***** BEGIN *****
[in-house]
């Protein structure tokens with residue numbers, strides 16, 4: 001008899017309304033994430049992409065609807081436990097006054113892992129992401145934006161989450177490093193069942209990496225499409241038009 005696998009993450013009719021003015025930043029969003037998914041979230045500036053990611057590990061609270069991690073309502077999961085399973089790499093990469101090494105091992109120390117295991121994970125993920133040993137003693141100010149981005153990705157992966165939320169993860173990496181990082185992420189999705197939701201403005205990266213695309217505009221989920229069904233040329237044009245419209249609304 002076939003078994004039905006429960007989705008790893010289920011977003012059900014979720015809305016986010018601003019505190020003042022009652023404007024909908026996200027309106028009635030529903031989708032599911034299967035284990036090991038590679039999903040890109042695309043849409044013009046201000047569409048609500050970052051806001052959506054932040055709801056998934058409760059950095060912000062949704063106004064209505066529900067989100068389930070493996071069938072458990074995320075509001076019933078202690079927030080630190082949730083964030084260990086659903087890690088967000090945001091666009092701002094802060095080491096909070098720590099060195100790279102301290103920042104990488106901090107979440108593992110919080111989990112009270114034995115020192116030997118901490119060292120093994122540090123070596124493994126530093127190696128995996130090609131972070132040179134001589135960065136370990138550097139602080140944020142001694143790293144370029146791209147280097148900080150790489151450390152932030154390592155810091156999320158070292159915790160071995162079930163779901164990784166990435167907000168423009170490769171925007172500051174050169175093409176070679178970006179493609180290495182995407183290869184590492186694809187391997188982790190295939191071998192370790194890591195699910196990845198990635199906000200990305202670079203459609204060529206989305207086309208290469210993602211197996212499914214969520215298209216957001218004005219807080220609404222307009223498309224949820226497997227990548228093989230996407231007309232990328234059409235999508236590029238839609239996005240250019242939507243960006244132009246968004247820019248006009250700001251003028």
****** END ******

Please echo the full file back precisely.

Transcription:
[in-house]
């Protein structure tokens with residue numbers, strides 16, 4: 001008899017309304033994430049992409065609807081436990097006054113892992129992401145934006161989450177490093193069942209990496225499409241038009 005696998009993450013009719021003015025930043029969003037998914041979230045500036053990611057590990061609270069991690073309502077999961085399973089790499093990469101090494105091992109120390117295991121994970125993920133040993137003693141100010149981005153990705157992966165939320169993860173990496181990082185992420189999705197939701201403005205990266213695309217505009221989920229069904233040329237044009245419209249609304 002076939003078994004039905006429960007989705008790893010289920011977003012059900014979720015809305016986010018601003019505190020003042022009652023404007024909908026996200027309106028009635030529903031989708032599911034299967035284990036090991038590679039999903040890109042695309043849409044013009046201000047569409048609500050970052051806001052959506054932040055709801056998934058409760059950095060912000062949704063106004064209505066529900067989100068389930070493996071069938072458990074995320075509001076019933078202690079927030080630190082949730083964030084260990086659903087890690088967000090945001091666009092701002094802060095080491096909070098720590099060195100790279102301290103920042104990488106901090107979440108593992110919080111989990112009270114034995115020192116030997118901490119060292120093994122540090123070596124493994126530093127190696128995996130090609131972070132040179134001589135960065136370990138550097139602080140944020142001694143790293144370029146791209147280097148900080150790489151450390152932030154390592155810091156999320158070292159915790160071995162079930163779901164990784166990435167907000168423009170490769171925007172500051174050169175093409176070679178970006179493609180290495182995407183290869184590492186694809187391997188982790190295939191071998192370790194890591195699910196990845198990635199906000200990305202670079203459609204060529206989305207086309208290469210993602211197996212499914214969520215298209216957001218004005219807080220609404222307009223498309224949820226497997227990548228093989230996407231007309232990328234059409235999508236590029238839609239996005240250019242939507243960006244132009246968004247820019248006009250700001251003028």